Adult Acquired Flatfoot
occurs when the arch of your foot collapses after your skeleton has
stopped growing, usually resulting in the foot falling inward with the toes pointing out. This allows your entire sole to touch the ground when you stand, instead of just the outside area. Arches
fall for many reasons, including arthritis, injury to the supporting tendons or bones, nerve problems, diabetic collapse, pregnancy, aging, and obesity. A fallen arch doesn?t have to be
painful-though as it develops and worsens, it can lead to strain and weakness in the feet that could allow for more uncomfortable foot problems later. Diabetics can develop serious complications from
their fallen arches, and need to have their condition evaluated and treated.
Posterior tibial tendon dysfunction is the most common cause of acquired adult flatfoot. Sometimes this can be a result of specific trauma, but usually the tendon becomes injured from wear and tear
over time. This is more prevalent in individuals with an inherited flat foot but excessive weight, age, and level of activity are also contributing factors.
Depending on the cause of the flatfoot, a patient may experience one or more of the different symptoms here. Pain along the course of the posterior tibial tendon which lies on the inside of the foot
and ankle. This can be associated with swelling on the inside of the ankle. Pain that is worse with activity. High intensity or impact activities, such as running, can be very difficult. Some
patients can have difficulty walking or even standing for long periods of time. When the foot collapses, the heel bone may shift position and put pressure on the outside ankle bone (fibula). This can
cause pain on the outside of the ankle. Arthritis in the heel also causes this same type of pain. Patients with an old injury or arthritis in the middle of the foot can have painful, bony bumps on
the top and inside of the foot. These make shoewear very difficult. Occasionally, the bony spurs are so large that they pinch the nerves which can result in numbness and tingling on the top of the
foot and into the toes. Diabetics may only notice swelling or a large bump on the bottom of the foot. Because their sensation is affected, people with diabetes may not have any pain. The large bump
can cause skin problems and an ulcer (a sore that does not heal) may develop if proper diabetic shoewear is not used.
In the early stages of dysfunction of the posterior tibial tendon, most of the discomfort is located medially along the course of the tendon and the patient reports fatigue and aching on the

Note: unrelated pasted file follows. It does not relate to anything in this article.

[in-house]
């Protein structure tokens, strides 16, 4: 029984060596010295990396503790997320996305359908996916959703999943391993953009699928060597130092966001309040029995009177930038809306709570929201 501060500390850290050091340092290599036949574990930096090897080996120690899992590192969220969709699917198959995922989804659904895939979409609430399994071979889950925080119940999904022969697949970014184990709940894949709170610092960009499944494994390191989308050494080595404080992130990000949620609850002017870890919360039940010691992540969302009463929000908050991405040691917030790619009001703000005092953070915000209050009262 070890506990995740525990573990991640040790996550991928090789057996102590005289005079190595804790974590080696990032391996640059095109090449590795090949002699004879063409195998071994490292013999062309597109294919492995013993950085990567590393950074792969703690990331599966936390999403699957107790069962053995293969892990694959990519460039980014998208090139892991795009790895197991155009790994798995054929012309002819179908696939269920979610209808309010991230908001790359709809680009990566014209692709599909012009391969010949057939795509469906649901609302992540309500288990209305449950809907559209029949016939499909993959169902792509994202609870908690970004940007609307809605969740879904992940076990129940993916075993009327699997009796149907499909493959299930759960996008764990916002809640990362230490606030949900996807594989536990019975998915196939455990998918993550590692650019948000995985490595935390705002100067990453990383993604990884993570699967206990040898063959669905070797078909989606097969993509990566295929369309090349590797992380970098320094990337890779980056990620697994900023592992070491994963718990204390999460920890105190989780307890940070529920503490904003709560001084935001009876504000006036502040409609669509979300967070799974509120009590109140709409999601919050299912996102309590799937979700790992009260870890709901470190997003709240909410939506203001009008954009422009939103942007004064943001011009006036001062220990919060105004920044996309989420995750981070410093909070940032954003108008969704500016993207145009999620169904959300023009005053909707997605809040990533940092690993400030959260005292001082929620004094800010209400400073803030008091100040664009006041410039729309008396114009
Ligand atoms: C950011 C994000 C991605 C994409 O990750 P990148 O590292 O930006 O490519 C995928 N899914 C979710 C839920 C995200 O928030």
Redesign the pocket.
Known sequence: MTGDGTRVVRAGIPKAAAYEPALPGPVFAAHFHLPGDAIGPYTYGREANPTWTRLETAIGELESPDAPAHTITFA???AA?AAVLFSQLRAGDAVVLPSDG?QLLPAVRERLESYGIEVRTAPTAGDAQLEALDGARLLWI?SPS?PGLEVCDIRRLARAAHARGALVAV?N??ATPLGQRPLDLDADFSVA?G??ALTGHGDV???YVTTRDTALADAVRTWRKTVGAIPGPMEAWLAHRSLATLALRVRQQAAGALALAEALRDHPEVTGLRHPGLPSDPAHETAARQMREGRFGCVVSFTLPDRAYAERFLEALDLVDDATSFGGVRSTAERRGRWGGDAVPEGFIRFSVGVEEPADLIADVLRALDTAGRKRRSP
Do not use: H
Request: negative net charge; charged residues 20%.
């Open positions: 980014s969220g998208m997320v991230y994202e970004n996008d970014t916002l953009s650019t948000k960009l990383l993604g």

plantar-medial aspect of the foot and ankle. Swelling is common if the dysfunction is associated with tenosynovitis. As dysfunction of the tendon progresses, maximum pain occurs laterally in the
sinus tarsi because of impingement of the fibula against the calcaneus. With increasing deformity, patients report that the shape of the foot changes and that it becomes increasingly difficult to
wear shoes. Many patients no longer report pain in the medial part of the foot and ankle after a complete rupture of the posterior tibial tendon has occurred; instead, the pain is located laterally.
If a fixed deformity has not occurred, the patient may report that standing or walking with the hindfoot slightly inverted alleviates the lateral impingement and relieves the pain in the lateral part
of the foot.
Non surgical Treatment
Orthotic or anklebrace, Over-the-counter or custom shoe inserts to position the foot and relieve pain are the most common non-surgical treatment option. Custom orthotics are often suggested if the
shape change of the foot is more severe. An ankle brace (either over-the-counter or custom made) is another option that will help to ease tendon tension and pain. Boot immobilization. A walking boot
supports the tendon and allows it to heal. Activity modifications. Depending on what we find, we may recommend limiting high-impact activities, such as running, jumping or court sports, or switching
out high-impact activities for low-impact options for a period of time. Ice and anti-inflammatory medications. These may be given as needed to decrease your symptoms.
Surgery should only be done if the pain does not get better after a few months of conservative treatment. The type of surgery depends on the stage of the PTTD disease. It it also dictated by where
tendonitis is located and how much the tendon is damaged. Surgical reconstruction can be extremely complex. Some of the common surgeries include. Tenosynovectomy, removing the inflamed tendon sheath
around the PTT. Tendon Transfer, to augment the function of the diseased posterior tibial tendon with a neighbouring tendon. Calcaneo-osteotomy, sometimes the heel bone needs to be corrected to get a
better heel bone alignment. Fusion of the Joints, if osteoarthritis of the foot has set in, fusion of the joints may be necessary.